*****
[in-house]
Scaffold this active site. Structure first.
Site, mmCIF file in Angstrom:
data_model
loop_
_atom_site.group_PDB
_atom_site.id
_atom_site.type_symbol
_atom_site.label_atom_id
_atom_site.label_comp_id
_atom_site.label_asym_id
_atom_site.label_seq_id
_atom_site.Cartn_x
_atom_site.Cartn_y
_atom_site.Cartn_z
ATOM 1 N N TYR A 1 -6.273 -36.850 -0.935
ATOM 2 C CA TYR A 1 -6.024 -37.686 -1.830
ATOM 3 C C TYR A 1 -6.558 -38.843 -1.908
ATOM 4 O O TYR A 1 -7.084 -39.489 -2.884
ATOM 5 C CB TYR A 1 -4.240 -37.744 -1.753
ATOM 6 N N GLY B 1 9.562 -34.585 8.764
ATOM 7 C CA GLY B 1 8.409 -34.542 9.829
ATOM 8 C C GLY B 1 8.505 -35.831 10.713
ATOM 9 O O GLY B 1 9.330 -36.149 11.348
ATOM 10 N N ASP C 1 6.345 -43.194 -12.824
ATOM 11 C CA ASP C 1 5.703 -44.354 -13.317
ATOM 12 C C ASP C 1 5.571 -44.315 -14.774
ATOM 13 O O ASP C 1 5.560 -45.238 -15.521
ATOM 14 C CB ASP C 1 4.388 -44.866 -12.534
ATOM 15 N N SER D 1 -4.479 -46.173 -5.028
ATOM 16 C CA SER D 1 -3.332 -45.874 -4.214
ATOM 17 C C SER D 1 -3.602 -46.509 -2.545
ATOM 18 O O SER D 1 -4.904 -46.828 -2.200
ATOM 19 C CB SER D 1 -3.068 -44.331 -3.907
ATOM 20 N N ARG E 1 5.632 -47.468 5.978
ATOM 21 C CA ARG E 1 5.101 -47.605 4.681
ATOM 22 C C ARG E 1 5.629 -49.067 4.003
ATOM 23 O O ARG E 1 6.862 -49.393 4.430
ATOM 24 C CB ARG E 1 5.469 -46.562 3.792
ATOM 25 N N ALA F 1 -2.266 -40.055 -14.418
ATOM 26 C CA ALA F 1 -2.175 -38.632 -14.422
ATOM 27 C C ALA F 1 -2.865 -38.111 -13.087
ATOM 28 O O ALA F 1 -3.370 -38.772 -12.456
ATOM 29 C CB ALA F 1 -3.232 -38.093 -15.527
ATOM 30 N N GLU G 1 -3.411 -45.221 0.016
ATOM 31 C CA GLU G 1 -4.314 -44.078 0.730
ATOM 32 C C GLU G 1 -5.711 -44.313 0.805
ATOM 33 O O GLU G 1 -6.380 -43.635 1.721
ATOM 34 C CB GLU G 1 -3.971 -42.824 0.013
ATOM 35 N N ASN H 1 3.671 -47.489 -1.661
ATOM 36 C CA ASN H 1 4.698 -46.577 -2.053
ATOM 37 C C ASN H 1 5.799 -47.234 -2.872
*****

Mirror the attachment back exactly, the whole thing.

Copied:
[in-house]
Scaffold this active site. Structure first.
Site, mmCIF file in Angstrom:
data_model
loop_
_atom_site.group_PDB
_atom_site.id
_atom_site.type_symbol
_atom_site.label_atom_id
_atom_site.label_comp_id
_atom_site.label_asym_id
_atom_site.label_seq_id
_atom_site.Cartn_x
_atom_site.Cartn_y
_atom_site.Cartn_z
ATOM 1 N N TYR A 1 -6.273 -36.850 -0.935
ATOM 2 C CA TYR A 1 -6.024 -37.686 -1.830
ATOM 3 C C TYR A 1 -6.558 -38.843 -1.908
ATOM 4 O O TYR A 1 -7.084 -39.489 -2.884
ATOM 5 C CB TYR A 1 -4.240 -37.744 -1.753
ATOM 6 N N GLY B 1 9.562 -34.585 8.764
ATOM 7 C CA GLY B 1 8.409 -34.542 9.829
ATOM 8 C C GLY B 1 8.505 -35.831 10.713
ATOM 9 O O GLY B 1 9.330 -36.149 11.348
ATOM 10 N N ASP C 1 6.345 -43.194 -12.824
ATOM 11 C CA ASP C 1 5.703 -44.354 -13.317
ATOM 12 C C ASP C 1 5.571 -44.315 -14.774
ATOM 13 O O ASP C 1 5.560 -45.238 -15.521
ATOM 14 C CB ASP C 1 4.388 -44.866 -12.534
ATOM 15 N N SER D 1 -4.479 -46.173 -5.028
ATOM 16 C CA SER D 1 -3.332 -45.874 -4.214
ATOM 17 C C SER D 1 -3.602 -46.509 -2.545
ATOM 18 O O SER D 1 -4.904 -46.828 -2.200
ATOM 19 C CB SER D 1 -3.068 -44.331 -3.907
ATOM 20 N N ARG E 1 5.632 -47.468 5.978
ATOM 21 C CA ARG E 1 5.101 -47.605 4.681
ATOM 22 C C ARG E 1 5.629 -49.067 4.003
ATOM 23 O O ARG E 1 6.862 -49.393 4.430
ATOM 24 C CB ARG E 1 5.469 -46.562 3.792
ATOM 25 N N ALA F 1 -2.266 -40.055 -14.418
ATOM 26 C CA ALA F 1 -2.175 -38.632 -14.422
ATOM 27 C C ALA F 1 -2.865 -38.111 -13.087
ATOM 28 O O ALA F 1 -3.370 -38.772 -12.456
ATOM 29 C CB ALA F 1 -3.232 -38.093 -15.527
ATOM 30 N N GLU G 1 -3.411 -45.221 0.016
ATOM 31 C CA GLU G 1 -4.314 -44.078 0.730
ATOM 32 C C GLU G 1 -5.711 -44.313 0.805
ATOM 33 O O GLU G 1 -6.380 -43.635 1.721
ATOM 34 C CB GLU G 1 -3.971 -42.824 0.013
ATOM 35 N N ASN H 1 3.671 -47.489 -1.661
ATOM 36 C CA ASN H 1 4.698 -46.577 -2.053
ATOM 37 C C ASN H 1 5.799 -47.234 -2.872